American gymnast Simone Biles, who will make her Vogue cover debut with an incredibly powerful photo for the magazine's August 2020 issue, has opened up about coming to terms about her abuse by a USA Gymnastics doctor.

Speaking to Vogue, the gold medallist Olympian revealed the difficult process she endured after finding out about Larry Nassar, who is now in prison for life after being found guilty for sexually abusing other young female athletes.

Biles, who has been hailed as the best gymnast in the world as she has not lost a meet since 2013, said she wasn't ready to process her own abuse when the story about Nassar broke three weeks after the 2016 Rio Olympics ended.

"It didn't feel like real life," she told Vogue.

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"And there were little things that I did that I didn't know why, but I felt like I was just trying to protect myself.

"Just, like, little quirks. Like I remember on tour, I would have really bad anxiety about nothing. Or like, walking down a hall, I feared that somebody was following me.

"I just had a lot of issues that were unexplained until I finally figured out why. The dots connected."

After her Olympic tour and while she competed on Dancing With the Stars, more developments on Nassar's abuse came to light.

In late 2016, he was arrested on child-pornography charges and in February the following year, three former Team USA gymnasts went on 60 Minutes and described the abuse Nassar had inflicted on them and how he passed it off as legitimate care.

However, Biles made the topic off-limits at her home and would "shut down" when her parents questioned her.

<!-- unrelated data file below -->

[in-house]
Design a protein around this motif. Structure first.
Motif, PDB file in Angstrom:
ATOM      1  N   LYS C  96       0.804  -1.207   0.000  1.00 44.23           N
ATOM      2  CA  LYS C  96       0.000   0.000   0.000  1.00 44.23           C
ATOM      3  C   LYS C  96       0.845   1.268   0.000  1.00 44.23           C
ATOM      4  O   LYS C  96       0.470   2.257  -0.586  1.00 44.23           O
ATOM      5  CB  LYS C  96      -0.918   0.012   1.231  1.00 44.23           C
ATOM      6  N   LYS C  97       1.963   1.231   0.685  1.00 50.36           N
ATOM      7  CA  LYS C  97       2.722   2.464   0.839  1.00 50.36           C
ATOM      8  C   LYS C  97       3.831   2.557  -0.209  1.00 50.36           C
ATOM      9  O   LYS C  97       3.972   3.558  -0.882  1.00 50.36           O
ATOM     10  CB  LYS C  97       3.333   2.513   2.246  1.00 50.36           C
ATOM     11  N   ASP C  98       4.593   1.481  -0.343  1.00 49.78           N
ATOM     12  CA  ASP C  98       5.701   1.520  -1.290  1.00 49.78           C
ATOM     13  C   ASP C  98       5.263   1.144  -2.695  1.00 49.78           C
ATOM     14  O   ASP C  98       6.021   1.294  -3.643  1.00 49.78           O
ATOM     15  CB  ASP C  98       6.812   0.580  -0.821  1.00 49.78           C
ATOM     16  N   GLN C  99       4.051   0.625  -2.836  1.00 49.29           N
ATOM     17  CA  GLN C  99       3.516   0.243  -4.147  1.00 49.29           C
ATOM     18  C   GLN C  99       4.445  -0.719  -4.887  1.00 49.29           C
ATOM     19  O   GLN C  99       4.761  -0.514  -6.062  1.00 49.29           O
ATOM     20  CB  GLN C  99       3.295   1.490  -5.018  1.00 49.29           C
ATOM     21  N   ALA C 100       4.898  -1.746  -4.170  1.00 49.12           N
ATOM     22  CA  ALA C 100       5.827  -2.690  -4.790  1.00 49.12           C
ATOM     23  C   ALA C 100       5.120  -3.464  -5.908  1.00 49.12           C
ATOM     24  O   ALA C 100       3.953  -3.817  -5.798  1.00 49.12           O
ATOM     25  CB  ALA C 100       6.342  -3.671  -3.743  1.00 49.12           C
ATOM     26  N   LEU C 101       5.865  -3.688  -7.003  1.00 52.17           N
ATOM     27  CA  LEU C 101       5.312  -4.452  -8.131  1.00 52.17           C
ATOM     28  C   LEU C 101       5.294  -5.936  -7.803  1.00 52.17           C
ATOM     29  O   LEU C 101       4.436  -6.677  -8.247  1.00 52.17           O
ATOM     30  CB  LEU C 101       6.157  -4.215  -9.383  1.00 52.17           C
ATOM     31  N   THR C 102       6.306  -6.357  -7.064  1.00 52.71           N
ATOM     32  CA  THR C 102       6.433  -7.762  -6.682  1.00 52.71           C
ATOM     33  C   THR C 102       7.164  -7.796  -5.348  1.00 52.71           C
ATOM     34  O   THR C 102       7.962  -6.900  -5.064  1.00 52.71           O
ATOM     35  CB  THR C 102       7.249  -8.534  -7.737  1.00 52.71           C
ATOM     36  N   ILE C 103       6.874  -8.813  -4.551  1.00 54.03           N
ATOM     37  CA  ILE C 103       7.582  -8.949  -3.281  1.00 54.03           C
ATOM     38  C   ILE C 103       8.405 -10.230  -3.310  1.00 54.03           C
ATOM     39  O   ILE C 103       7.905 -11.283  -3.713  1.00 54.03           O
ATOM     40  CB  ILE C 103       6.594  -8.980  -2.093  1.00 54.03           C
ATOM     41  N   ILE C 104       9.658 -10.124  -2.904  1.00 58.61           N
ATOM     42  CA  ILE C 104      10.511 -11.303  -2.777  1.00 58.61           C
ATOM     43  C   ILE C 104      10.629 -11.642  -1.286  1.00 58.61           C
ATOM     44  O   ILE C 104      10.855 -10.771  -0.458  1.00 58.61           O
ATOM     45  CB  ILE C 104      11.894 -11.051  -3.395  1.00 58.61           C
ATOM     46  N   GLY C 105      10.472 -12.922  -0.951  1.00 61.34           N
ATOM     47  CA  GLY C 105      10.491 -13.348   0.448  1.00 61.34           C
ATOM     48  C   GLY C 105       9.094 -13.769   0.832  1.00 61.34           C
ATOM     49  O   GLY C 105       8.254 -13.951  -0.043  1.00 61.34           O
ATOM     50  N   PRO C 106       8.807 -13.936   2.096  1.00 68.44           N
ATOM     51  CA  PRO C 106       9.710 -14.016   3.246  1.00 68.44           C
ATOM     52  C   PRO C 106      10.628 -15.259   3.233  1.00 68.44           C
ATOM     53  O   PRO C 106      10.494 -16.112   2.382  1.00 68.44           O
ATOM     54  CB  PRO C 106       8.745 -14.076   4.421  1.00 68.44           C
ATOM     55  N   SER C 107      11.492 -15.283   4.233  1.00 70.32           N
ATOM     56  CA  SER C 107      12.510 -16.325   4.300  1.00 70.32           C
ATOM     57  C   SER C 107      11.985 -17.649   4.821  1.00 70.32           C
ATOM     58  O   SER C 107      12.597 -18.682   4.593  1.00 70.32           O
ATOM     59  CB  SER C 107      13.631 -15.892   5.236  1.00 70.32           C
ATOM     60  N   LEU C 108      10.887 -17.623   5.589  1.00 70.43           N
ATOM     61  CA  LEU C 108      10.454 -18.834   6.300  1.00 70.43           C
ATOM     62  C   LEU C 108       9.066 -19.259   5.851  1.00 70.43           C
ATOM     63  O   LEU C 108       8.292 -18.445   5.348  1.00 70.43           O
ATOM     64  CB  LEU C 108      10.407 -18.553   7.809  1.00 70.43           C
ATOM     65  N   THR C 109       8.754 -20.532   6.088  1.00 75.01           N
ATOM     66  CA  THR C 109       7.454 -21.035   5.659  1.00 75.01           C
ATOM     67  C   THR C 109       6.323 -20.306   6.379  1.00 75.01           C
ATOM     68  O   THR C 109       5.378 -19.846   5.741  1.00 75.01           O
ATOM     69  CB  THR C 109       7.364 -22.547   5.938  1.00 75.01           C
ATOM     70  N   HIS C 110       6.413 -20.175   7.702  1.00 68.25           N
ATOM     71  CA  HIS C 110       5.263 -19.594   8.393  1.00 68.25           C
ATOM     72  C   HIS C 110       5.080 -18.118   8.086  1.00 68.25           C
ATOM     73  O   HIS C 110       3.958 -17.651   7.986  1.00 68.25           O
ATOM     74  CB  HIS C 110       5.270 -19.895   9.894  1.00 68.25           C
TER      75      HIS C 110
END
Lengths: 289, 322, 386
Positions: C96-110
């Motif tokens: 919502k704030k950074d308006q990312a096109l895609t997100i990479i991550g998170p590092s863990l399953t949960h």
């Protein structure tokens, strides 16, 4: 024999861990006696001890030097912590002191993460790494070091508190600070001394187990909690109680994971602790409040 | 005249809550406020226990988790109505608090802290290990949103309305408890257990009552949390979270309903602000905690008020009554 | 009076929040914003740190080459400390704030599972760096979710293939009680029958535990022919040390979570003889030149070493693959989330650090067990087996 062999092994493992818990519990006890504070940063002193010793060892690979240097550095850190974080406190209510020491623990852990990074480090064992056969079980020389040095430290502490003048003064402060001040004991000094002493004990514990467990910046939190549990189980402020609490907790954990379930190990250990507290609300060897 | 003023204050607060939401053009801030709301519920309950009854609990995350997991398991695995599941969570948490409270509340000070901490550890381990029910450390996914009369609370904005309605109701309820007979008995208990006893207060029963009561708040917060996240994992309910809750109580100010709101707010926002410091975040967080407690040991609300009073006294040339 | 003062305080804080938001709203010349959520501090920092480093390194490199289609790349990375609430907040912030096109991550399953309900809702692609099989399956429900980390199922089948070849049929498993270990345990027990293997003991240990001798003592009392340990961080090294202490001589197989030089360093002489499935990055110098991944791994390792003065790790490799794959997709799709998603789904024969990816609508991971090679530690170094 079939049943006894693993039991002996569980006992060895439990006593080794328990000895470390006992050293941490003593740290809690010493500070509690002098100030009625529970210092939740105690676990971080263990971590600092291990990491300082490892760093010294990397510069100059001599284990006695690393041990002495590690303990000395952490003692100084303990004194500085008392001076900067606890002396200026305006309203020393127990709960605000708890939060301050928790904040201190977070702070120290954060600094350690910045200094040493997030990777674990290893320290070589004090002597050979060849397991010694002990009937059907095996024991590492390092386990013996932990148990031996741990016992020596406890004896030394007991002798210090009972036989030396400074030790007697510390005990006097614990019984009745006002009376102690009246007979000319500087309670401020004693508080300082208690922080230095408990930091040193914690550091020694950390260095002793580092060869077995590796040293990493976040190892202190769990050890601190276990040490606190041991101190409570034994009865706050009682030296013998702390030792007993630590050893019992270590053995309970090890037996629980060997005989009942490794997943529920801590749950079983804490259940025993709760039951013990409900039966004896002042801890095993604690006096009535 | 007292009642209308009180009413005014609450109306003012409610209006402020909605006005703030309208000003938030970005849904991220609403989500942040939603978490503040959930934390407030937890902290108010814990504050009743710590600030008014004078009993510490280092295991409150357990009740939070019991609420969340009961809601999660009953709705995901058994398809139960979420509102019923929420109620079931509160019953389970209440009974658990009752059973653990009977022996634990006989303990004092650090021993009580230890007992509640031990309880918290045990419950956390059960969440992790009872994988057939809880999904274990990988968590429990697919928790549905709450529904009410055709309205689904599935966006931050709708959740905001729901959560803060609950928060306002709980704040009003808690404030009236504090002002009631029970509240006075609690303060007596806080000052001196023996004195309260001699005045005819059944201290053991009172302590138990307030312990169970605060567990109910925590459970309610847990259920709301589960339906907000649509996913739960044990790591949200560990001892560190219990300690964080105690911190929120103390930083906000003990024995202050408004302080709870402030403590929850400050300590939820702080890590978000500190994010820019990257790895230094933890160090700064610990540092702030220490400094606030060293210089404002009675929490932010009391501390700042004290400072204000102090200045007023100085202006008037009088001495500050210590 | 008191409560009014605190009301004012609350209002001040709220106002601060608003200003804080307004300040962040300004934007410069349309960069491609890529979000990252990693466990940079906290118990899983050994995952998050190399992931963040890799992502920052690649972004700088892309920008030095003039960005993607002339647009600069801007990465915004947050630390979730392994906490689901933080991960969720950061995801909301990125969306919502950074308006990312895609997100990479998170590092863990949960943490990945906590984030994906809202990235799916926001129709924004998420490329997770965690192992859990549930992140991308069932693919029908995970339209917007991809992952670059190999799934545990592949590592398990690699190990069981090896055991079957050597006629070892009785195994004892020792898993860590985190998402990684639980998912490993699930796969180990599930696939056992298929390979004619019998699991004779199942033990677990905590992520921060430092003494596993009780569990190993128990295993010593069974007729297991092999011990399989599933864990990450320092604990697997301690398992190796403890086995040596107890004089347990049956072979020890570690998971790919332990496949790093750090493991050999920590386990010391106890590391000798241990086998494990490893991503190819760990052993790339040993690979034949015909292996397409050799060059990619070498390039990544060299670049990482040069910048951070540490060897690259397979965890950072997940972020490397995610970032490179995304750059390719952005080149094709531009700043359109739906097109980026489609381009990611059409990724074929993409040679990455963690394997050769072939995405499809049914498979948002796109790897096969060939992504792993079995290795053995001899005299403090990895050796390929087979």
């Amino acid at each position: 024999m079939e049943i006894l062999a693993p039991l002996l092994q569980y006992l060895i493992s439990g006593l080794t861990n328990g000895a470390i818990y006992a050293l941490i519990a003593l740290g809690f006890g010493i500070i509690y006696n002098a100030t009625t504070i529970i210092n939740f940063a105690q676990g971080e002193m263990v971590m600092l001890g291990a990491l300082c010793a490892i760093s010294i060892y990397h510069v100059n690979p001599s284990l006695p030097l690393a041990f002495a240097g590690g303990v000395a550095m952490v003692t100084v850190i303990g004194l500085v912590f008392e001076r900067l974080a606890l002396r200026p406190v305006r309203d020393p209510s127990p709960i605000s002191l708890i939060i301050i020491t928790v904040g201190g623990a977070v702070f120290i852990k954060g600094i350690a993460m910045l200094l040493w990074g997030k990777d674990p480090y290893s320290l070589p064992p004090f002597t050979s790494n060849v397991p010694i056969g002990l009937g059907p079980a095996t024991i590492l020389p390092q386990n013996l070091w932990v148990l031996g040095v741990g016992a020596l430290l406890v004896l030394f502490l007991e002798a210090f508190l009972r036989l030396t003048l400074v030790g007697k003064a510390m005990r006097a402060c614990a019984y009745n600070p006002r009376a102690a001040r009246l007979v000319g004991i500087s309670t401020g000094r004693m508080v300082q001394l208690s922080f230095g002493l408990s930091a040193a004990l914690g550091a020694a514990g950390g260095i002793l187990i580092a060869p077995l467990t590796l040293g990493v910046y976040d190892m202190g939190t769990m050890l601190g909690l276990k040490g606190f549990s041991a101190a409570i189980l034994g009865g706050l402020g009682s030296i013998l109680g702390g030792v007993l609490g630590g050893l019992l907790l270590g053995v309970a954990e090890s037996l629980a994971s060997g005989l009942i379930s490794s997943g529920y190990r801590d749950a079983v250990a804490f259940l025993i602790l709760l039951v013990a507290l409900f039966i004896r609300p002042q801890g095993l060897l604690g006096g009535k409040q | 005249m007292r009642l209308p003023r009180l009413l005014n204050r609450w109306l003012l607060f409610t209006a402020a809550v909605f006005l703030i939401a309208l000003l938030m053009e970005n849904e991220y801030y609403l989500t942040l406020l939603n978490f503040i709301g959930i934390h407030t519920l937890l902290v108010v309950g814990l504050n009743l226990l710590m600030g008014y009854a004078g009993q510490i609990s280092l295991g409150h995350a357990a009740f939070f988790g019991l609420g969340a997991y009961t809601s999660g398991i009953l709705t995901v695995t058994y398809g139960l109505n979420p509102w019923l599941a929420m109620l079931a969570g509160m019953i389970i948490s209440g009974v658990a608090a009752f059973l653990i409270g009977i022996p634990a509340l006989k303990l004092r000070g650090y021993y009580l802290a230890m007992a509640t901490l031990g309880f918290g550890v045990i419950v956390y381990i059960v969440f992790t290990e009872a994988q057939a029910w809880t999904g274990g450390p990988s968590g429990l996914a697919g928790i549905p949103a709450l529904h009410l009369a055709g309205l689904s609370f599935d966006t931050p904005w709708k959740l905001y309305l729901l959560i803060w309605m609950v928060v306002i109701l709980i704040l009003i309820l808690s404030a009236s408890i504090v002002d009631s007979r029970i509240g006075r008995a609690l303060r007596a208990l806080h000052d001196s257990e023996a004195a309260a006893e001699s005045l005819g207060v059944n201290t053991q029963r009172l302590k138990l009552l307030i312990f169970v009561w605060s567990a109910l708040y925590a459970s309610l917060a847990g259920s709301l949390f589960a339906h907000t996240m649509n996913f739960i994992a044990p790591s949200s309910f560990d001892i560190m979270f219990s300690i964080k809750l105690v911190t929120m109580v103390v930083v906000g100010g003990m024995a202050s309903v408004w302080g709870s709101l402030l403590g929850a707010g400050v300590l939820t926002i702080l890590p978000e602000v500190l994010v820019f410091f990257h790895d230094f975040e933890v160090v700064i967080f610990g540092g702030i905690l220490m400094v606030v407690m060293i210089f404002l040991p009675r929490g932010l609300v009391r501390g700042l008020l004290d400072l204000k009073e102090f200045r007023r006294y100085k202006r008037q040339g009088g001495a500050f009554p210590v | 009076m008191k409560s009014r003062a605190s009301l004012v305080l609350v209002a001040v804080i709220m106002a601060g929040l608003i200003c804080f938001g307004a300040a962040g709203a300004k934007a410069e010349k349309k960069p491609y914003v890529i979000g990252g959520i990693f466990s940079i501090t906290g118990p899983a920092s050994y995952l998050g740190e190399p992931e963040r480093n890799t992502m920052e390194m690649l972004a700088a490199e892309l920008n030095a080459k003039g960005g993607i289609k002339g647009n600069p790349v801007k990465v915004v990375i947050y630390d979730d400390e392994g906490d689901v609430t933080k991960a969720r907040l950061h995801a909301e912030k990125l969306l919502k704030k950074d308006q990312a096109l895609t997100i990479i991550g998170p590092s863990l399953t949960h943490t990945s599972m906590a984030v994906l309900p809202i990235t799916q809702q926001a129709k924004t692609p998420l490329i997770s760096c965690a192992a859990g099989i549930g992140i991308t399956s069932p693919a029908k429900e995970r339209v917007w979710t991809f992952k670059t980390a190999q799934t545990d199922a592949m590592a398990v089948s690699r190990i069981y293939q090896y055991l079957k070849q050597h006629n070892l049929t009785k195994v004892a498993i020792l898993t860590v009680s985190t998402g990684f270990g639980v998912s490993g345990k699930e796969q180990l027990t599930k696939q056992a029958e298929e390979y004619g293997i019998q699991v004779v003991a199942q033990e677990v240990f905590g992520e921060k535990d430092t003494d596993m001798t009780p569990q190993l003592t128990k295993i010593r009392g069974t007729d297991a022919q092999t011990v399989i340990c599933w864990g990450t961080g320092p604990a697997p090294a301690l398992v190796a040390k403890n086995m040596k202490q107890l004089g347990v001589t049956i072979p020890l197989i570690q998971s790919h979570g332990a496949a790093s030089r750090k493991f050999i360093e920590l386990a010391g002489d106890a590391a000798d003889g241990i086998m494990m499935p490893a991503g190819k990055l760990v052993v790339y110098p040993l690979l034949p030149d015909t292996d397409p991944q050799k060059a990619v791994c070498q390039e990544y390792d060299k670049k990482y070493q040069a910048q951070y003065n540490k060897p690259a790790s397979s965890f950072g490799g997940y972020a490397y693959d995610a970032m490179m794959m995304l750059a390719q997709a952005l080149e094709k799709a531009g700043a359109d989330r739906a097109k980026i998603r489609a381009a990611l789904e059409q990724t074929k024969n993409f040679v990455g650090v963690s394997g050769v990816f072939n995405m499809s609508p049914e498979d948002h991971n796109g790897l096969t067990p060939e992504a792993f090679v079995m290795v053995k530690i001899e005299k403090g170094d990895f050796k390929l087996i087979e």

Biles said she would get "very angry" and would deny she was abused.

Biles mother added: "Her reaction was awful. Scream and walk out the door and not want to discuss it."

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When the gymnast moved out from her parents' home and started her adult life in a condo, Biles said fell into depression.

"At one point I slept so much because, for me, it was the closest thing to death without harming myself. It was an escape from all of my thoughts, from the world, from what I was dealing with. It was a really dark time," she said.

Biles would have been treated by Nassar between 2012 and 2015, starting at the age of 15.

The gymnast said she started coming to terms with her own abuse in early June 2018 after a friend and former member of the national team, Maggie Nichols, told her story to the media.

Until that point, Biles hadn't considered her experience to be abuse, as she thought her experience was not as bad as others.

"But I was reading Maggie's coverage and it just hit me," Biles said.

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"I was like, I've had the same treatments. I remember googling, like, sexually abused. Because I know some girls had it worse than me. I know that for a fact. So I felt like I wasn't abused, because it wasn't to the same extent as the other girls.

"Some of my friends had it really, really bad. They were his favourite. Since mine wasn't to that capacity, I felt like it didn't happen."